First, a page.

The members of the board are selected from the business and competence acumens. They are also the persons who are charged to set the board’s policies for enhancing conformity of accounting standards to the established procedures for enhancing transparency and accountancy ethics.
Comparing the board of directors for the profit-making organization and the board of trustees for nonprofit-making organizations, the board of trustees constitutes more members. Members are also drawn from myriads of diverse constituencies.
Consequently, according to Green and Media (2012), the boards of trustees are seen as less efficient in comparison to the boards of directors (Para.8). However, this does not imply that the board of trustees is not able to discharge its governance roles passionately, with professionalism, and within time constraints.
The main mandate of boards of trustees is to ensure that an organization can achieve its mission, goals, and objectives to ensure that the organization possesses adequate and effective governing systems. It also ensures that adequate resources are available to an organization to conduct the two functions.
Profit-making and nonprofit-making organizations use different approaches to prepare financial statements. The approaches are articulated to the fact that the two organizations are established to perform different proposes.
The primary goal of a nonprofit-making organization is to enhance the social welfare of the persons whom it is established to serve. Profit-making organizations are meant to increase value to the owners’ investments.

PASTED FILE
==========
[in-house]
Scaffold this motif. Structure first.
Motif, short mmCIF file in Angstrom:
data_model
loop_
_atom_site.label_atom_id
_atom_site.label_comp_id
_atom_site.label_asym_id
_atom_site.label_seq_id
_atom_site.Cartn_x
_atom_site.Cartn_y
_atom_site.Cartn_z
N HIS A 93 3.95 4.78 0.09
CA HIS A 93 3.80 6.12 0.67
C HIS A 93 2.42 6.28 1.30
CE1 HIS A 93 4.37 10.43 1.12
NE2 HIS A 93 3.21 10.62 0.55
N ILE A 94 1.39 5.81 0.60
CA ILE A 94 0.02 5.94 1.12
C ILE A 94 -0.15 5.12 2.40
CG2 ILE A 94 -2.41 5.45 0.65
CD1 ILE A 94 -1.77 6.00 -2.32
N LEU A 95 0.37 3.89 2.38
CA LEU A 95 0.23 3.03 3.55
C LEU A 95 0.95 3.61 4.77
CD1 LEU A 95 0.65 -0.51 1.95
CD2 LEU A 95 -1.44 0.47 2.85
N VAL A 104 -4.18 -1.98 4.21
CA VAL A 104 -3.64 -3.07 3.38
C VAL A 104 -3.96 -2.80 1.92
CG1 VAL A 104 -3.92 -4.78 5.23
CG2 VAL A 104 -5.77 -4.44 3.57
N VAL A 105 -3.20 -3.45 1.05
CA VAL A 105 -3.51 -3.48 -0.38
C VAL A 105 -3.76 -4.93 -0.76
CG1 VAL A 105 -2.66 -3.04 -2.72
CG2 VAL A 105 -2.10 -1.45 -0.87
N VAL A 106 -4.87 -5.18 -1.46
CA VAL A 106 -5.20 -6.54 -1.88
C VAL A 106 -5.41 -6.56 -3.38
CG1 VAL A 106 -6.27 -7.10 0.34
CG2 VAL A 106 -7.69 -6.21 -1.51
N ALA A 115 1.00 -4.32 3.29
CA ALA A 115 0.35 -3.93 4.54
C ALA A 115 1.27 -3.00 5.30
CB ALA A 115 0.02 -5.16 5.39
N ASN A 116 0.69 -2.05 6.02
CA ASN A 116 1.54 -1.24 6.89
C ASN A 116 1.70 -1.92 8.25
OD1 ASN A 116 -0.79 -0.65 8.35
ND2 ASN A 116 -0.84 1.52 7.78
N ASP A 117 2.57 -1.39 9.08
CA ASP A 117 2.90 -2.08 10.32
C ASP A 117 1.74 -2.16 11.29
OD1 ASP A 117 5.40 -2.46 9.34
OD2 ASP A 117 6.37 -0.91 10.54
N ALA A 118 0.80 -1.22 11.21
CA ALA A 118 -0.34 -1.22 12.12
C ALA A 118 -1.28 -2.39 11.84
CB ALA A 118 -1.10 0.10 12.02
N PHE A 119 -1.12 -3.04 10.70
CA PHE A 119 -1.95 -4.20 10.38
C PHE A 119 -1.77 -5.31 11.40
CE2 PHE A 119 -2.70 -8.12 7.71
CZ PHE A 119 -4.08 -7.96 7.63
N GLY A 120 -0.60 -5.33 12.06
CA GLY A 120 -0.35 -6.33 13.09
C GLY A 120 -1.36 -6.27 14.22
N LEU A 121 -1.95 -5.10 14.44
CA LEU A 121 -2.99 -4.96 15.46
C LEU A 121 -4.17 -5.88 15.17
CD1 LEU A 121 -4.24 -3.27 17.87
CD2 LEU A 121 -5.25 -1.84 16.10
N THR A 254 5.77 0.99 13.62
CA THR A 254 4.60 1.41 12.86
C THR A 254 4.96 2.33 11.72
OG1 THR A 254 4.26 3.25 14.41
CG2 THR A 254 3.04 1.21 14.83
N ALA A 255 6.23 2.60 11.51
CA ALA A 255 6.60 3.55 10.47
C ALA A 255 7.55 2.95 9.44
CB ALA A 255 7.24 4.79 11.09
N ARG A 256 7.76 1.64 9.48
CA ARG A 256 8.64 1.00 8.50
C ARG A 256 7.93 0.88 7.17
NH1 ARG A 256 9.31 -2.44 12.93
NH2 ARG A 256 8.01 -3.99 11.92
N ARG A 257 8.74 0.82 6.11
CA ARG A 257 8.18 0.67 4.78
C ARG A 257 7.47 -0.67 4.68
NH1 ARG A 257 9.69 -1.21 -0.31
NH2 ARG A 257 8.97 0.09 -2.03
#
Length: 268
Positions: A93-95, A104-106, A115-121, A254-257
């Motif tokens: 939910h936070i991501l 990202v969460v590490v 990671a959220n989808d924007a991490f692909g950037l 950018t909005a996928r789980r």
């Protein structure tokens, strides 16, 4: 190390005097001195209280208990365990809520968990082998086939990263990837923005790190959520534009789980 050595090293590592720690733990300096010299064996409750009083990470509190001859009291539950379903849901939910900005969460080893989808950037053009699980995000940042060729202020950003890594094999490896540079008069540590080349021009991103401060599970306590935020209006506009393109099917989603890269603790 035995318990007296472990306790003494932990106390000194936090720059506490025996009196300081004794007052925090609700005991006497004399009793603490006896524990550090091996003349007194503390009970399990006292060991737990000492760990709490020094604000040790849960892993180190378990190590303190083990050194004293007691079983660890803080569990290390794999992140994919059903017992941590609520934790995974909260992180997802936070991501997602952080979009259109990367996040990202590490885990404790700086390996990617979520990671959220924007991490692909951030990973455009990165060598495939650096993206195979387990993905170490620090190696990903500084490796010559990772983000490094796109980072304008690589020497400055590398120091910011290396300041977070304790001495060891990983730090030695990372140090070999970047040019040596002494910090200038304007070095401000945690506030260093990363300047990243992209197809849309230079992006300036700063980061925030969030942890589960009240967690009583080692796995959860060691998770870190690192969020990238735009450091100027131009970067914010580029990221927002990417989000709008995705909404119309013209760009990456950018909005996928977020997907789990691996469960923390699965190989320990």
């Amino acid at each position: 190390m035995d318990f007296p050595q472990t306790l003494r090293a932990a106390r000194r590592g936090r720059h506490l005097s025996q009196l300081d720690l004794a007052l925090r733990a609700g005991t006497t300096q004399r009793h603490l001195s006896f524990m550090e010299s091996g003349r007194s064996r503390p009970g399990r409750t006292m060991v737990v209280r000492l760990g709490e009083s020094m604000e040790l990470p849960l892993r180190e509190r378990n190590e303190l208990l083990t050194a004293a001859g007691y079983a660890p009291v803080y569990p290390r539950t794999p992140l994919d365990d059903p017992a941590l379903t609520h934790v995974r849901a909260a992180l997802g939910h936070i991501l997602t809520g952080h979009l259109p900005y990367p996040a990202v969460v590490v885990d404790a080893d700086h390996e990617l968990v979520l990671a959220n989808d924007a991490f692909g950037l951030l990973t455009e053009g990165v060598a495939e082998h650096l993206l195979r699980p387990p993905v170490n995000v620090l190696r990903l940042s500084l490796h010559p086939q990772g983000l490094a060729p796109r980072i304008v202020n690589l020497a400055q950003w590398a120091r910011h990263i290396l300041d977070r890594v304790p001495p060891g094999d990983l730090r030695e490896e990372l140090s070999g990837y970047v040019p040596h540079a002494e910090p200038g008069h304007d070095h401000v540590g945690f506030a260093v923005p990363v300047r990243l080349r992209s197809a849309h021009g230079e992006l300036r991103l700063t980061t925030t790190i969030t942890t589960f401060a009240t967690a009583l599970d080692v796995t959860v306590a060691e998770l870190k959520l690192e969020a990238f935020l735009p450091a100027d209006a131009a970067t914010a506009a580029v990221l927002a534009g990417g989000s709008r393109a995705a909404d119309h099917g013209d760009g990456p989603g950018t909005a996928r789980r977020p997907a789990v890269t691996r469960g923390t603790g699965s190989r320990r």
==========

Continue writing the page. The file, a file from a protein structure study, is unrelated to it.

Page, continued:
Hence, they must operate to yield optimal profitability. These primary goals are reflected in the governance principles and in the selection of people to serve in the organizational governance bodies.
Appendix 1: Format for balance sheet of a profits making organization
|Fixed assets |
Machines (less depreciation)
Total fixed assets
|Long terms liabilities |
Stock holders equity
Less treasury stocks
Total stockholders’ equity
Total liabilities and stockholder’s equity
Source (Haddad, 2011, p.28)
Appendix 2: Format statement of financial position of a nonprofits making organization
Cash (on hand and bank)
Furniture/equipments (less depreciation)
Reserve fund account
Reserve fund-fixed assets
Reserve fund-accumulated surplus
Total current assets
Surplus of income and expenditure
Source (Haddad, 2011, p.19)
Accounting Couch. (2013). Nonprofit: not-for- profit accounting. Web.
Alnoor, E. (2012). Making sense of accountability: conceptual perspectives for northern and southern nonprofits. Nonprofits management and leadership, 14(2), 191-212.
Green, J., & Media, D. (2012). The Major Differences between Profits and Non Profits Making Organizations. Web.
Haddad, M. (2011).The Difference in the Financial Accounting between Profits and Non Profits Organizations. Web.
Hartigan, P. (2010). Nonprofit or Not-for-profit — Which are you?. Business strategy review, 3(2), 357-361.
Tyler, M. (2011). Benchmarking in the non-profit sector in Australia. International Business Journal, 12(2), 219-235.